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Quarter-End Insights

Meta, Netflix Drag Down Communication Services

Investors can find undervalued stocks in every subsegment.

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Following a weak 2021, communications stocks as a group continue to lag. The Morningstar US Communication Services Index has declined about 12% year to date versus a 5% drop for the broader market. The market has soured on two large firms recently—Meta Platforms (FB) and Netflix (NFLX)—driving most of the sector’s underperformance. While both firms face weakening growth, we expect these stocks to head in different directions.

Exhibit 1: Meta and Netflix have led the sector lower thus far in 2022.

Chart comparing the performance of communication services index and broad equity index.
  - source: Morningstar

Exhibit 2: Each communications segment now offers opportunities.

Bar chart of star ratings by communications subsector.
  - source: Morningstar

Meta provided a weak first-quarter revenue forecast in February, creating concerns that data privacy rules changes, especially at Apple (AAPL), and increasing competition from TikTok have permanently weakened the positioning of Facebook and Instagram. While these issues will create headwinds, we don't believe investors appreciate how thoroughly Meta dominates online social-media ad spending.

Exhibit 3: Meta's Facebook and Instagram dominate social-media ad spending.

Bar chart showing social-media ad spending by platform.
  - source: Morningstar

We like the niches smaller firms like Pinterest have created, but Meta's network effect is truly remarkable, with nearly half the world's population logging into Facebook or Instagram at least once a month. The gravitational pull of these networks is nearly impossible to escape, and Meta has shown that it can effectively counter features found on other networks to keep consumers engaged. 

The firm developed Stories to take on Snap five years ago, launched Reels in 2020 to match TikTok, and is now taking steps to monetize the feature. Meta's dominance leaves it open to regulatory challenges, but we continue to believe these issues are manageable as well. We believe the stock is deeply undervalued.

As for Netflix, the firm announced in January that it expects to add only 2.5 million net new customers during the first quarter, which would mark the lowest since the firm began disclosing streaming customer metrics more than a decade ago. While Netflix remains the world's largest streaming platform, its dominance is under threat.

Exhibit 4: A variety of firms are rapidly gaining on Netflix (subscribers in 000s).

Bar chart showing the number of subscribers for streaming platforms.
  - source: Morningstar

Most major media firms are now drawing on their extensive legacy libraries and sports rights to increase the appeal of their streaming services. Industry rivalry looks to take another step up in 2022: Comcast's (CMCSA) NBC Universal plans to double Peacock content spending this year, Paramount (formerly ViacomCBS) plans to triple annual streaming content investment through 2024, and Warner expects content costs to peak in 2022 as it merges with Discovery (DISCA). While the drop in Netflix shares has made its valuation more palatable, we believe the market is still slightly overoptimistic given the escalation in competitive pressure.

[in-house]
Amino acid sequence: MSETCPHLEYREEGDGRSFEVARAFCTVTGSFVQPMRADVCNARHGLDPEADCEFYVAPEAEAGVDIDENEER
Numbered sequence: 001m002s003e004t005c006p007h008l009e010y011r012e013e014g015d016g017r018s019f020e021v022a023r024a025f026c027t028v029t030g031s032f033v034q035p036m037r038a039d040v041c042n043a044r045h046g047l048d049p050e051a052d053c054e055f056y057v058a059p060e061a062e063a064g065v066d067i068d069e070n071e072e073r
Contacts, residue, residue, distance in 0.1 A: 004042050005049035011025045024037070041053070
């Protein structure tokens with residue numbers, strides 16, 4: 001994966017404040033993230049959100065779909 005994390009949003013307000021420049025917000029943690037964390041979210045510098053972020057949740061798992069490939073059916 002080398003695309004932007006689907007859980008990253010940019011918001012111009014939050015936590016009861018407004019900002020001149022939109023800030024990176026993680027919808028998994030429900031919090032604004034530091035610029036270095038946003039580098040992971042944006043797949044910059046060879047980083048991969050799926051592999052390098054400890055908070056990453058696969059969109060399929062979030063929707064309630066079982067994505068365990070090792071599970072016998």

Top Picks

Meta Platforms (FB)
Star Rating: ★★★★★
Economic Moat Rating: Wide
Fair Value Estimate: $400
Fair Value Uncertainty: High

Meta remains well positioned, as its core advertising business (via Facebook and Instagram) continues to perform well, producing nearly 50% operating margins. The impact of lower ad prices, mainly from short-form video ads as Meta monetizes its TikTok-like Reels feature and Apple's iOS changes, will pressure ad revenue growth, we expect these pressures will be short-lived. Meta’s network effect remains intact, and user monetization continues to grow while other opportunities like commerce await. Meta's large user base should continue attracting advertisers as the firm utilizes more of its own user data to offset Apple's changes.

AT&T (T)
Star Rating: ★★★★
Economic Moat Rating: Narrow
Fair Value Estimate: $35
Fair Value Uncertainty: High

We believe AT&T management is putting the firm back on the right path, bringing a much-needed telecom focus and rebuilding the brand's image among consumers. We expect the wireless business to deliver consistent growth, allowing cash flow to remain solid after the Warner spinoff. Increased fiber investment should also provide revenue growth and some differentiation versus cable and wireless rivals. We believe HBO Max has built strong momentum that will solidify its place in the living room as Warner joins with Discovery. Even with the dividend reduction, we expect the stock will deliver a 4%–5% yield.

Disney (DIS)
Star Rating: ★★★★
Economic Moat Rating: Wide
Fair Value Estimate: $170
Fair Value Uncertainty: High

Disney remains the best-situated traditional media firm to navigate the transition to streaming, in our view. The firm's deep content library, teeming with major franchises, and its strong studios provide both the more family-friendly fare Disney is famous for and content suited to older audiences. We expect that fans will continue to flock to the firm's parks and resorts as pandemic restrictions lift. The cable networks, like ESPN, may continue to lose subscribers, but they generate cash flow to fund the firm's streaming ambitions, including platforms like Hulu and ESPN+ that will gradually displace traditional cable.

Michael Hodel does not own (actual or beneficial) shares in any of the securities mentioned above. Find out about Morningstar’s editorial policies.